-1

I'm looking for references that might help explain what I've seen in software engineering regarding processes for developing in the front-end vs the back-end. They are both difficult, but I tend to feel that the front-end is easier to write stories for, and to possibly estimate the amount of effort (time).

There might be a number of reasons for this: sand-boxed tech (js, css, html), the visual aspect lends it self to themes/grouping/modularization, etc, Users interact with the UI and process artifacts tend to be called "User" stories which implies that the process wants to capture a goal that entirely is visible and improves the quality of life through the front-end.

As for the back end in contrast: there aren't typical UIs, and the data varies greatly to provide details for operations (logs, metrics, deployments, etc). Yes data for the front-end can be varied as well. The User is almost always either a dev or support, but these people rarely sign-off or "accept" these stories, and they are rarely the stake-holders for the implementation, much less control the budget for the implementation. Also, there doesn't seem to be any notion or complete set of back-end tools like js,css,html are for the front-end, and therefor also no compatibility layer.

With this in mind I'm hoping to understand if it makes sense to use the same software development process for both the front-end and the back-end? Yes there are users of either system and breakdown of work needs to occur, but the biggest difference hidden in the above descriptions is that the front-end Stories are after some visual design, while the design in the back-end is coupled with task breakdown for back-end.

Perhaps, as is generally the case, this is a bias from my own experience? Other approaches are sure to exist, especially based on project size and scope, etc. I'm simply looking for some more insight. How should process be different for front-end vs back-end?

3
  • 2
    You're not asking the right question. Absent a more specific definition of "software development process," you've already answered your own question. Of course the techniques are going to differ, because the nature of the technical problems differ. You've hinted at the actual question ("How do I get a budget for things the stakeholder cannot see"), but that's not the question you asked. Jun 16 '20 at 15:19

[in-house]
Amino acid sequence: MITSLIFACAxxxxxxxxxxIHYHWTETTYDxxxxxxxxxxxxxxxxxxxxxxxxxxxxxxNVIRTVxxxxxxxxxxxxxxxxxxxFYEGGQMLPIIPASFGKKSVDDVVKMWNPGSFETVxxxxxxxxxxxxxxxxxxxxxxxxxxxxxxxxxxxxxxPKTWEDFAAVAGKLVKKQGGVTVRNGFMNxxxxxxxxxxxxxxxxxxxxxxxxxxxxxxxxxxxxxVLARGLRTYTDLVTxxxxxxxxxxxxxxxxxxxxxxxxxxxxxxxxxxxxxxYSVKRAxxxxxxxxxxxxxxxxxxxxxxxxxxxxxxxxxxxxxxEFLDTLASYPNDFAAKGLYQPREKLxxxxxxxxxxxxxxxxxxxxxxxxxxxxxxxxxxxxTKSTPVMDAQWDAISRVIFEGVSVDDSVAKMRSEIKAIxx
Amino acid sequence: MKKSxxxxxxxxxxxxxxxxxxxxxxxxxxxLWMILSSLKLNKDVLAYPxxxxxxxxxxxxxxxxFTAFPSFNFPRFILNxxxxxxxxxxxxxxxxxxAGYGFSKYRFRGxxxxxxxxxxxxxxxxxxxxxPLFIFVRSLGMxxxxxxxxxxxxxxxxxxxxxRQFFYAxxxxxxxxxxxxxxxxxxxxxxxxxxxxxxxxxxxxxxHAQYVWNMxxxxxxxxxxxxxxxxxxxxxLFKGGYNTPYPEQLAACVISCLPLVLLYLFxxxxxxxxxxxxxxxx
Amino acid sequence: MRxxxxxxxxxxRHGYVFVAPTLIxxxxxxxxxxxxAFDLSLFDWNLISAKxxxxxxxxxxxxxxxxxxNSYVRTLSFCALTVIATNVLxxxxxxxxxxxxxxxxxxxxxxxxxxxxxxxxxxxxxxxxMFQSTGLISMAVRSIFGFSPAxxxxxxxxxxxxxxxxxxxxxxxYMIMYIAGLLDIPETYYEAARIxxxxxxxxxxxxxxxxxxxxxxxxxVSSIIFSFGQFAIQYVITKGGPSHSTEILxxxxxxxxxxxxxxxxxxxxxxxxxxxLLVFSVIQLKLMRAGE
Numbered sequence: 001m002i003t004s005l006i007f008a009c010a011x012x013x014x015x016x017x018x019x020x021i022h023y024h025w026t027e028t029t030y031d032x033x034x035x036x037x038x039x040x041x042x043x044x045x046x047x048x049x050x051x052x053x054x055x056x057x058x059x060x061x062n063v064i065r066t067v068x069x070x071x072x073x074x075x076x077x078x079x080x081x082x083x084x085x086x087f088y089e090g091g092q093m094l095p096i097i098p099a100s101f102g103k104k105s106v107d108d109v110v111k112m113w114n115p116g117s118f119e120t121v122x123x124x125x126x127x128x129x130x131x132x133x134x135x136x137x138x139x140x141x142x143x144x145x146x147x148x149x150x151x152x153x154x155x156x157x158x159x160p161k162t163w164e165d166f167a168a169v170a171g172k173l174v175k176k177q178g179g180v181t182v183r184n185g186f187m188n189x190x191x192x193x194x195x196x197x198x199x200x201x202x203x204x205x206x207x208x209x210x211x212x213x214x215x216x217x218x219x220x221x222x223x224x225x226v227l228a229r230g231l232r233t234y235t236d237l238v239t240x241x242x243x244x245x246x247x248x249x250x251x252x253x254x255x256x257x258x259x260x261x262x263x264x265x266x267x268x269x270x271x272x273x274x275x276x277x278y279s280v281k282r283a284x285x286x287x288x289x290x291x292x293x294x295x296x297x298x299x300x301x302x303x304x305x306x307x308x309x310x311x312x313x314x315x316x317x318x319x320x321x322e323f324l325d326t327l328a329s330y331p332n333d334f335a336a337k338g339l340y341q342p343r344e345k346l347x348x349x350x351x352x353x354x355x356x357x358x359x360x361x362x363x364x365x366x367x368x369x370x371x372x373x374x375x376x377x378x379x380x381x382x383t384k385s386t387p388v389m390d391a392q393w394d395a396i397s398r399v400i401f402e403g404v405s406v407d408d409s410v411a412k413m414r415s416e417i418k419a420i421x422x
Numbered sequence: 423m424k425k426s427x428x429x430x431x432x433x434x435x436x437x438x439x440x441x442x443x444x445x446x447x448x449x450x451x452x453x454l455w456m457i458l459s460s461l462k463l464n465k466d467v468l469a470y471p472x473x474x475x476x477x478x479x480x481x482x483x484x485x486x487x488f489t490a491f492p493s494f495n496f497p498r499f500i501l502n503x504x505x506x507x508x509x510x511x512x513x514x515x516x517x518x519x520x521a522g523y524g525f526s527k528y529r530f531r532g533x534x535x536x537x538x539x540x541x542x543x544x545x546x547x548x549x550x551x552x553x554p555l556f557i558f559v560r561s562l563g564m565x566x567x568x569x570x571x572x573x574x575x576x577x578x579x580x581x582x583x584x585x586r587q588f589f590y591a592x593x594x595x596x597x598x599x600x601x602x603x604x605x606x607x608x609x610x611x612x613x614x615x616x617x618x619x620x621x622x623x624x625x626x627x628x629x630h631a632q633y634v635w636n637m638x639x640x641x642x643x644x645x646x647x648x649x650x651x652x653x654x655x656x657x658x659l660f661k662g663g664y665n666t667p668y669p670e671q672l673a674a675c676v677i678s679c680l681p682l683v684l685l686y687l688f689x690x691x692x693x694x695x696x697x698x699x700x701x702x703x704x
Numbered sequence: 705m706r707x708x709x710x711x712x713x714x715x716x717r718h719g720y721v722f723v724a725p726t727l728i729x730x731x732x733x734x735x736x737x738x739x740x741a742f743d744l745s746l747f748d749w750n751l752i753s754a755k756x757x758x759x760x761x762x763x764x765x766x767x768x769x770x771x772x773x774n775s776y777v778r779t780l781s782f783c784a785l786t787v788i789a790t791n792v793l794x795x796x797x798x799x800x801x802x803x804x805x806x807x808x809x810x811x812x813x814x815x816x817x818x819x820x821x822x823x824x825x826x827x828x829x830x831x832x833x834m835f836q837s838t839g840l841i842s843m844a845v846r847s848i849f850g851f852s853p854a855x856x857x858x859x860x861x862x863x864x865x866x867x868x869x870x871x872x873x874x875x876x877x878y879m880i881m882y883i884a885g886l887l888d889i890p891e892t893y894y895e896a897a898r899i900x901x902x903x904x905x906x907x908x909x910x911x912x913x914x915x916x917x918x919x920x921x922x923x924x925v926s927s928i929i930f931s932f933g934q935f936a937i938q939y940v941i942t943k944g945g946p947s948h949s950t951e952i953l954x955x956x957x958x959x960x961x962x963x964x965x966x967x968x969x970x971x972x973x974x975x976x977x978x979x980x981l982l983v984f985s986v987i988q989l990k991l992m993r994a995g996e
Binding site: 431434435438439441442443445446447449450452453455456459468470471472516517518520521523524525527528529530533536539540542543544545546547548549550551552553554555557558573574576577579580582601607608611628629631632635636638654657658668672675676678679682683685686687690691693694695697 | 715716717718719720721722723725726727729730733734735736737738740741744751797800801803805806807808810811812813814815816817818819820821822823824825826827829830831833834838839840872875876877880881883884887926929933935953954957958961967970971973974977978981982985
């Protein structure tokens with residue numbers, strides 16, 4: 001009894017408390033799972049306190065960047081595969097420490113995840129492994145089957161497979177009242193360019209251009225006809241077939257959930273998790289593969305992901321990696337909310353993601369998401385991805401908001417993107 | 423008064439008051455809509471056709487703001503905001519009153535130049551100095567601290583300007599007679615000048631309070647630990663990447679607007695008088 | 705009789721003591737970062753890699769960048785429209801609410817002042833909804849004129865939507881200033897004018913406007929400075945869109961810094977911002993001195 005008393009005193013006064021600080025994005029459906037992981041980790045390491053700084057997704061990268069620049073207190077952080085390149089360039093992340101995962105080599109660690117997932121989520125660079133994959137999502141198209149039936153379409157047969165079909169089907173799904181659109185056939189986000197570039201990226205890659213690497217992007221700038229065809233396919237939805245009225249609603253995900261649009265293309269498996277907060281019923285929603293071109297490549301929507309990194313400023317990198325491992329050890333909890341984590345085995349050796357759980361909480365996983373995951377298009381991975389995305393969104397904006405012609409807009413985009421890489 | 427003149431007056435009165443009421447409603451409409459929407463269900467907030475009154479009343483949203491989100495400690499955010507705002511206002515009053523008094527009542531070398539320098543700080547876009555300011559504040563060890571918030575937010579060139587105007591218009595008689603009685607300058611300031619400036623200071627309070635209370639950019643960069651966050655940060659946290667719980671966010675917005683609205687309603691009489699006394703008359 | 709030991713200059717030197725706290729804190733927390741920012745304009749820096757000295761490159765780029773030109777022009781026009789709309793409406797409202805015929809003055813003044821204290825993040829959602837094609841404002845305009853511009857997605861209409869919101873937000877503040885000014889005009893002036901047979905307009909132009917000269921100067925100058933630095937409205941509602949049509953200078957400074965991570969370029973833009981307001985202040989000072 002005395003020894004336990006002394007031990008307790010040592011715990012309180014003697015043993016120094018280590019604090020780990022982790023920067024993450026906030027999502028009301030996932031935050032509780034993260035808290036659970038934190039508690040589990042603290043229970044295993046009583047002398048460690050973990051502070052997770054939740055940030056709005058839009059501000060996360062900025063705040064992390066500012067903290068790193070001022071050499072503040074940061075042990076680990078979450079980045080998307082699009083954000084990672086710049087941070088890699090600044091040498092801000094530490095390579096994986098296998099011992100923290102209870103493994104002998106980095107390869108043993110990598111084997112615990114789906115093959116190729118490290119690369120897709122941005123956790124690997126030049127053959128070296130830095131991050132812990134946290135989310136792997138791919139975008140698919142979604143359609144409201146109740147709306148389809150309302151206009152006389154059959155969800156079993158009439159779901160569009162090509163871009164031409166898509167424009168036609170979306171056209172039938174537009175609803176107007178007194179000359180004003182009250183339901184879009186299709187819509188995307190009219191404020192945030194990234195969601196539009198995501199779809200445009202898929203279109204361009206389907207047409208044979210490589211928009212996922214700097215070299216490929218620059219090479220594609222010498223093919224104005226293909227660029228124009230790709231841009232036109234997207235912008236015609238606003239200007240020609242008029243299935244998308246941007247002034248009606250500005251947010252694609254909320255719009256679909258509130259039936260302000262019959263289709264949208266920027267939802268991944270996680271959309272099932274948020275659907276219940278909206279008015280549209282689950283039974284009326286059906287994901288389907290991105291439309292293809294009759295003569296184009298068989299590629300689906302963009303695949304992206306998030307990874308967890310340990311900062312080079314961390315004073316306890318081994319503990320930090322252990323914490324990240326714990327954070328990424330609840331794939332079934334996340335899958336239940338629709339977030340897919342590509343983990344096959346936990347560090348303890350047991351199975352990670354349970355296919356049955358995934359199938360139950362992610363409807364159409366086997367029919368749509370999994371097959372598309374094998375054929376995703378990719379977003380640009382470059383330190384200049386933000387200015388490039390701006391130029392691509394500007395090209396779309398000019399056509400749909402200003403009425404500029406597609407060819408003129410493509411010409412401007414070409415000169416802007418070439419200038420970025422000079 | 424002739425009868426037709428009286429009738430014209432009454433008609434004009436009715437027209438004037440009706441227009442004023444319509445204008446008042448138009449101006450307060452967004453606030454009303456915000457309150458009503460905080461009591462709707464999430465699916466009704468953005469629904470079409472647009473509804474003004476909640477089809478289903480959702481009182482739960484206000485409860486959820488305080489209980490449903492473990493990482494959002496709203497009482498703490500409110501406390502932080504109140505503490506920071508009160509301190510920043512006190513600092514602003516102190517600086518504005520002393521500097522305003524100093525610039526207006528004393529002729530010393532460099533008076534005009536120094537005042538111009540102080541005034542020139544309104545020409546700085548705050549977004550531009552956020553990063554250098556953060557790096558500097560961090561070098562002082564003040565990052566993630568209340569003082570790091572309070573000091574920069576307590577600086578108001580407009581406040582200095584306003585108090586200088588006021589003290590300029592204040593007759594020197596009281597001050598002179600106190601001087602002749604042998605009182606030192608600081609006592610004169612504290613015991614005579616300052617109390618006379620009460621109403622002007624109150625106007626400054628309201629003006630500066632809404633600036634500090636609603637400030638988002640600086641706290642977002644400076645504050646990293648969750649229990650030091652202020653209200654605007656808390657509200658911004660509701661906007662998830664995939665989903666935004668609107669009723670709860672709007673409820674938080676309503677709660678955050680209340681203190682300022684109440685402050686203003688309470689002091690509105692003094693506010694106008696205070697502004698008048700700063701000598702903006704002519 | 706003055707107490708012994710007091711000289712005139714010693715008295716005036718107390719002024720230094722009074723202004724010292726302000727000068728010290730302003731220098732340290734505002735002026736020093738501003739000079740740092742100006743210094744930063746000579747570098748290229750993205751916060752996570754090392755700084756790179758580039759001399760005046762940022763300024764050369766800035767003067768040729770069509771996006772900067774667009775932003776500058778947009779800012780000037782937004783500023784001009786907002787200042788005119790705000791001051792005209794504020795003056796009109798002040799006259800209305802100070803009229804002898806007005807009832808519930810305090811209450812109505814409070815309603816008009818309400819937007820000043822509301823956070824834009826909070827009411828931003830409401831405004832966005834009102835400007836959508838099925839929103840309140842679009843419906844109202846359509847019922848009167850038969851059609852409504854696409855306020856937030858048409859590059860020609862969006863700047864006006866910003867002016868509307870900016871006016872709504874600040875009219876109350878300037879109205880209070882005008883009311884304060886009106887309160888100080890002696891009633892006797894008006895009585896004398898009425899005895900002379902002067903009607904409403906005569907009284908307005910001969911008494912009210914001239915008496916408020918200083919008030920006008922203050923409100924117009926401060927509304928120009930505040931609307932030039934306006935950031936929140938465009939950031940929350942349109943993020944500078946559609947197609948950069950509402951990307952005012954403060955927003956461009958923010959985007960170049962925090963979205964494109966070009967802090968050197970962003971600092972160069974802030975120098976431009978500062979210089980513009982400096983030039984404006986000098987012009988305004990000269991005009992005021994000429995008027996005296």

• @RobertHarvey "How do I get a budget for things the stakeholder cannot see" is not the question I'm asking. Having a budget, the item prioritized and in the pipeline and now working on it, assumes I have a budget, else I wouldn't be able to work on it at all.
    – lucidquiet
    Jun 16 '20 at 16:59
  • I do agree that I've likely answered my own question: they should vary in process based on the nature of the technical problem. However, was hoping for a when and why. But that's a little too much. RUP for governments vs Spiral vs Rapid isn't really where I was headed.
    – lucidquiet
    Jun 16 '20 at 17:01
3

The User is almost always either a dev [...], but these people rarely sign-off or "accept" these stories

You've hit a personal hot button here: developers should never be the actor in a user story (unless you're developing a framework like Tensorflow or something). You develop a product for the stakeholders, not for developers. I far too often see stories like "As a developer, I want the code to have unit tests" - but this is not a user story, because user stories have the form "As an X, I want Y so that Z". In my experience, once you write "Z" you're forced to think about actually why you're doing the work and who it's for.

"Support" is a mixed case here - I've seen cases which aren't really stories ("As a support engineer, I want the system to log to CloudWatch" - that's an implementation detail which the support engineer actually doesn't care about) but other things which are actually user stories - for example, something like "As a support engineer, I want to be able to filter logs by customer ID so that I can more easily find the cause of a customer's error". However, for that second example note that it's neither a front-end nor a back-end story - it's a story for the product.

How should process be different for front-end vs back-end?

It shouldn't. Or perhaps put another way - you shouldn't divide your process in this way. Write your stories so they reflect a product need.

2

We use SAFe at my workplace, which has a separate category called enablers to capture work that isn't directly user-visible. We also tried to organize into teams that could be given a feature and do both the front and back ends within the team. I say "tried" because over time the specializations just sort of reformed.

That being said, I'm a firm believer that if your process isn't somewhat different for every team, you're probably not really doing agile. Not only should a front end team work somewhat differently from a back end team, but back end teams should work at least slightly differently from each other.

If the user story format isn't helpful for your circumstance, you should talk about in a retrospective and try something new. If you feel you aren't getting the right kind of feedback from your actual stakeholders, you should talk about it in a retrospective and try something new. If you feel you don't understand how your work is eventually used by the end user, you should talk about it in a retrospective and try something new.

Frameworks like scrum are there to give you a jumping off point. They aren't rules to be religiously followed no matter how well they work for you or not.

Your Answer

By clicking “Post Your Answer”, you agree to our terms of service, privacy policy and cookie policy

Not the answer you're looking for? Browse other questions tagged or ask your own question.